Forbidden to forbid

This week the Ternopil Oblast Сouncil has voted to ban the Russian-language cultural product in the region. This decision will officially impose a moratorium on the public use of the Russian-language cultural product of any kind on the territory of Ternopil Oblast until the complete end of the occupation of Ukrainian territory. Earlier this year the Lviv and Zhytomyr Oblast Councils have adopted the same decision.

Is it a cause for celebration? Does this news have to please Ukrainian patriots? Absolutely not. I myself wish so much that our country “from the Syan to the Don” could finally speak Ukrainian, and, as far as my modest possibilities are concerned, I do my best to make it happen. But let’s be honest: such decisions of the regional councils cannot change absolutely anything, they will only let our enemies shout to the rooftops that Ukraine is ruled by “Nazi junta”, which prohibits people from speaking their language. This decision sounds simply ridiculous.

First, from the purely legal standpoint, how is it possible to define a Russian-language cultural product? And what is a cultural product in general? And what do the deputies mean by the “public use of a cultural product”? If someone is sitting on a bench in a park and reading Mayakovsky’s book, is it a public use of the Russian-language cultural product then? And if someone is listening to a Russian-language song in a car, what is it then?

Second, such issues are absolutely beyond the competence of local councils. It is a simple populism that will have no consequences. These decisions will be either not executed or just cancelled through the court. But the deputies will show off and take credit for protecting the Ukrainian language and culture, when in fact they did nothing. This “populism in vyshyvankas” is no different from the promises to establish peace in the East of Ukraine or to reduce the price for utilities. Deputies who vote for such decisions simply take Ukrainians for idiots. It is a shame that some of the voters may go for such a cheap trick.

Third, and most important is that a ban like this restricts civil rights and liberties. A person is free to choose a cultural product for him/herself and nobody has the right to dictate or forbid him/her anything. There are a lot of Russian-speaking Ukrainians and these people have the right to choose a book, song or play in any language. Especially when they pay their own money for what they choose. In the end, Russian-speaking Ukrainians are not necessarily Putin’s supporters or traitors of Ukraine, isn’t it obvious?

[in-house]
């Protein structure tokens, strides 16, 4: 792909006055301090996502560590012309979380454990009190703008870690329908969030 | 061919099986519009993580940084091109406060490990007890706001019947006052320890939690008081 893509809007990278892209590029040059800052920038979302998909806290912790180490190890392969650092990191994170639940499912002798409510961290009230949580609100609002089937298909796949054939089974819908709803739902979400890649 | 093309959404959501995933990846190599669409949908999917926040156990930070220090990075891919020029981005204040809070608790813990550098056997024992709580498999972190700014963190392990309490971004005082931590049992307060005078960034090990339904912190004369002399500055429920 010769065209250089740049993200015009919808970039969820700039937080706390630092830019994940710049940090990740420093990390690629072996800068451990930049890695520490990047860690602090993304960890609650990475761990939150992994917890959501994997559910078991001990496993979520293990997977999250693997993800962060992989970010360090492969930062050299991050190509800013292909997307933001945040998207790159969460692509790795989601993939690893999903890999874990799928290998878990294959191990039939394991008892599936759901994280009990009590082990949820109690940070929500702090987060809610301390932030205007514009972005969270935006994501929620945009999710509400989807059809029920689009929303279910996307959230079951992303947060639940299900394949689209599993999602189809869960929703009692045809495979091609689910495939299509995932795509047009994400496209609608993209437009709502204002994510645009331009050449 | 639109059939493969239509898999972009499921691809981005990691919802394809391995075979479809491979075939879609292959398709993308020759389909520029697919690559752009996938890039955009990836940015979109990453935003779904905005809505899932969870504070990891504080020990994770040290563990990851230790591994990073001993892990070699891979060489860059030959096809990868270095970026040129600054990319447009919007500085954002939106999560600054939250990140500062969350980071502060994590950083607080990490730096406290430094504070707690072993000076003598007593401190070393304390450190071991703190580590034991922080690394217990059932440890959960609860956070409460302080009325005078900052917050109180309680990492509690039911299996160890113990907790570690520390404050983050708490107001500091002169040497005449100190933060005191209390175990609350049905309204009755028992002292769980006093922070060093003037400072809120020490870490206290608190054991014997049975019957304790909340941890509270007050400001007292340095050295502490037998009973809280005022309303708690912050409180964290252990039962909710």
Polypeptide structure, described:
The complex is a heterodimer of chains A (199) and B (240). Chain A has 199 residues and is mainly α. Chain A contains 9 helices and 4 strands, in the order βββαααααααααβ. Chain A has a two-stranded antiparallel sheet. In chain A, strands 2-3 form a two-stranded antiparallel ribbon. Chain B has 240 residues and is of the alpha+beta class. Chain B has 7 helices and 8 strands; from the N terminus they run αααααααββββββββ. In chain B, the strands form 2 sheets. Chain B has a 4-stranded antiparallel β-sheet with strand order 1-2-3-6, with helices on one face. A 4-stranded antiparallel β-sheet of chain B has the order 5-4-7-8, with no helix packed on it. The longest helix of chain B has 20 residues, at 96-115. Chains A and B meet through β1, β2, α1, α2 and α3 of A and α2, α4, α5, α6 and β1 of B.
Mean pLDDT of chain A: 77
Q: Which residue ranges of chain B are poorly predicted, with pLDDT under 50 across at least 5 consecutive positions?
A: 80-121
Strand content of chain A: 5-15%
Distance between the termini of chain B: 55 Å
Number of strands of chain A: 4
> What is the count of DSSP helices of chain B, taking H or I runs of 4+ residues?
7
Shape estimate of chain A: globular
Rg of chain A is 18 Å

Fourth, what shall we do with the Russian-language culture of Ukraine then? Are Shevchenko’s Russian-language prose and a romanсe “Dark Eyes” (“Очи черные” – translator’s note) by the Ukrainian poet Yevhen Hrebinka now banned in Lviv and Ternopil Oblasts? What shall we do now with the books of popular contemporary Ukrainian writers who write in Russian and at the same time are real and active Ukrainian patriots (such as Kurkov, Pomerantsev, Rafeyenko, Khersonsky)?

Fifth, that is enough to forbid! Such things cause only resistance and turn people against each other. Let everyone buy any kind of books, music or tickets for performances for their own money.

Instead of banning, support the Ukrainian language with a donation, provide those who want to rent a space for a bookstore in district centres with benefits or discounts, finance an interesting Ukrainian film or support scholarships for young Ukrainian musicians. It will definitely be more effective than populist prohibitions.

Andriy Lyubka

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